Good Growing

Illinois is the ideal place for tree diversity

Posted: Nov. 5, 2017 12:01 am Updated: Nov. 6, 2017 8:30 am

The other day I was teaching a group about native Illinois trees, and, of course, I was all excited because I was teaching about trees, which is my No. 1 passion. I know in the past I've talked about native plants and have mentioned my No. 1 favorite tree that just happens to be an Illinois native Taxodium distichum Baldcypress. So I figured this time around I would focus on some small- and medium-sized native Illinois trees.

I want to preface this article with something that I feel is very important in regards to trees, and that's the idea of tree diversity. In the landscape and urban forest we want to diversify our trees to include both natives as well as non-native/non-invasive tree species so that we don't face the devastation our urban forests have suffered from Dutch Elm Disease and Emerald Ash Borer due to overplanting of the same genus or species. With that said, let's take a look at some interesting Illinois native trees.

American Hophornbeam (Osrya virginiana): This tree is considered one of Illinois' toughest native hardwoods resistant to a variety of insects and diseases. Reaching between 30 to 40 feet, it is a slow grower, growing less than a foot each year but worth the time. This tree is better suited for a larger area where it's drooping, horizontal branches have room to show off its beauty. Plant in part-shade to full sun in well-drained soils in the spring to allow it time to establish in the soil.

Carolina Silverbell (Halesia Carolina): This is considered a medium sized tree reaching between 30 to 40 feet tall and providing white flowers in the spring time and yellow leaf color in the fall, but it is known for dropping leaves early. Make sure to plant this tree in the spring to allow time for it to establish in the soil, and it will even tolerate some shade. A slightly acidic part-shade site in moist, well-drained soils is the perfect location for Carolina Silverbell.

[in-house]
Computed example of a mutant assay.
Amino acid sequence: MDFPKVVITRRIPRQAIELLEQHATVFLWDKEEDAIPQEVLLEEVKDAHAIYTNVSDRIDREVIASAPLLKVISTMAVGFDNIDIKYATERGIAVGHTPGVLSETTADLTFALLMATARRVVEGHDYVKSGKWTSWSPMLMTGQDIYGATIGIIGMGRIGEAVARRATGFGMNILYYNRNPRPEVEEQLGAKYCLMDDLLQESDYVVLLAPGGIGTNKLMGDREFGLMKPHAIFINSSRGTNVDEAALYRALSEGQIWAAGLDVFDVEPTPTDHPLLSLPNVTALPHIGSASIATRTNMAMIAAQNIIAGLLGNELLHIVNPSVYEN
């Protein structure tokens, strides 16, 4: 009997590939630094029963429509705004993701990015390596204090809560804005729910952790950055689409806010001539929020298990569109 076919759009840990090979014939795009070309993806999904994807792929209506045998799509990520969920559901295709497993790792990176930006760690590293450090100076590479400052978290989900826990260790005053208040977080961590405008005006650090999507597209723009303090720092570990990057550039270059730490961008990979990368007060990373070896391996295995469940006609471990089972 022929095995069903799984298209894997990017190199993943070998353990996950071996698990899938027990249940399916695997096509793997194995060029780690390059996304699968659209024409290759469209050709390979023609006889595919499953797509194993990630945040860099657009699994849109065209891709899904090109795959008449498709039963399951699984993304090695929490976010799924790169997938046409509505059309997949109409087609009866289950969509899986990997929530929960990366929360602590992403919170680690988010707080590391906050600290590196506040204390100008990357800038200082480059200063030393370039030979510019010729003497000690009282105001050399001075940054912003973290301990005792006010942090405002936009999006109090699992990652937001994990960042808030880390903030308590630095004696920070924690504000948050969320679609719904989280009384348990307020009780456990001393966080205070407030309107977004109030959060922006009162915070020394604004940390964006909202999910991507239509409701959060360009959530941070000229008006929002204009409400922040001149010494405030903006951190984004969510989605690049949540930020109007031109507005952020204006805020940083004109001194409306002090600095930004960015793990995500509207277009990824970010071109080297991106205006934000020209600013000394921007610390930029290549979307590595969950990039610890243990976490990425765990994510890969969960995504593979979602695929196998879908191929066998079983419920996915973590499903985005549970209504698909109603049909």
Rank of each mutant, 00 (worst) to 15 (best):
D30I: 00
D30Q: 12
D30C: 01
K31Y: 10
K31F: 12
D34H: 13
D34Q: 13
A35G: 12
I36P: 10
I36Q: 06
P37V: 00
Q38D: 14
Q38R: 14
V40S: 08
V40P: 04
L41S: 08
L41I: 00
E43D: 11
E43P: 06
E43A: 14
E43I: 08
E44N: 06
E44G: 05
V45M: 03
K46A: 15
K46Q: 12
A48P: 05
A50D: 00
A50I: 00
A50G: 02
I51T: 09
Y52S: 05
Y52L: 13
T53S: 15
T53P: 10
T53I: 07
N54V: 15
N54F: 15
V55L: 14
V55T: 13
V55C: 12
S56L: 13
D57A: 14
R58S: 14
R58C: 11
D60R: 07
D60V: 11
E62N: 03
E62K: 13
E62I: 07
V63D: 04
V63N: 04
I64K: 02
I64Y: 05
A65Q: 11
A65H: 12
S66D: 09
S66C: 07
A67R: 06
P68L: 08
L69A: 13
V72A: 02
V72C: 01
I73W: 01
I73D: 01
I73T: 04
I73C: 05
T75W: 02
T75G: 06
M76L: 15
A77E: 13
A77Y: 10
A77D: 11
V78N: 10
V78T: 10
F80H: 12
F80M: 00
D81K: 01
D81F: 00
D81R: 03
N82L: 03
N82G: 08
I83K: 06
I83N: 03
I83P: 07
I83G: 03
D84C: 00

Downy Serviceberry (Amelanchier arborea): This tree has a number of different names including Juneberry, Shadbush and Servicetree. It produces a very tasty fruit, ripening early to mid-summer, for which you must be speedier than the birds to harvest or provide some level of protection to keep the birds from getting the fruit first. Downy Serviceberry can reach 15 to 25 feet tall and can grow either as a multitrunk or single stem tree that blooms white in the spring with yellow-orange to red fall color. This tree also is tolerant of poorly drained sites and black walnut.

Eastern Redbud (Cercis canadensis): How can you talk about native Illinois trees and not include the iconic Eastern Redbud? This small tree can reach 20 to 30 feet tall with available cultivars such as the Rising Sun only reaching 12 to 15 feet tall and provides peachy-tangerine colored leaves throughout the growing season or Forest Pansy with distinctive purple-red colored leaves all season. Both have the traditionally recognized flower color of the common Eastern Redbud but with a few spiced up features -- shorter height and interesting leaf color.

River Birch (Betula nigra): Did you know that River Birch is actually an Illinois native? This trees pushes the boundary of being considered a medium size tree (medium is usually up to about 50 feet) but can range anywhere from 40 to 70 feet, and there are cultivars available that are much shorter. Fox Valley River Birch (Betula nigra "Little King") only reaches 8 to 10 feet tall which is much smaller and more space friendly for small yards. River Birch are prized for their cinnamon colored exfoliating bark, providing wonderful winter interest in the landscape. As is implied in the name River Birch preferred moist well-drained soils, so avoid planting them on high and dry locations such as berms. For fun tree trivia the tallest River Birch on record is 145 feet tall.

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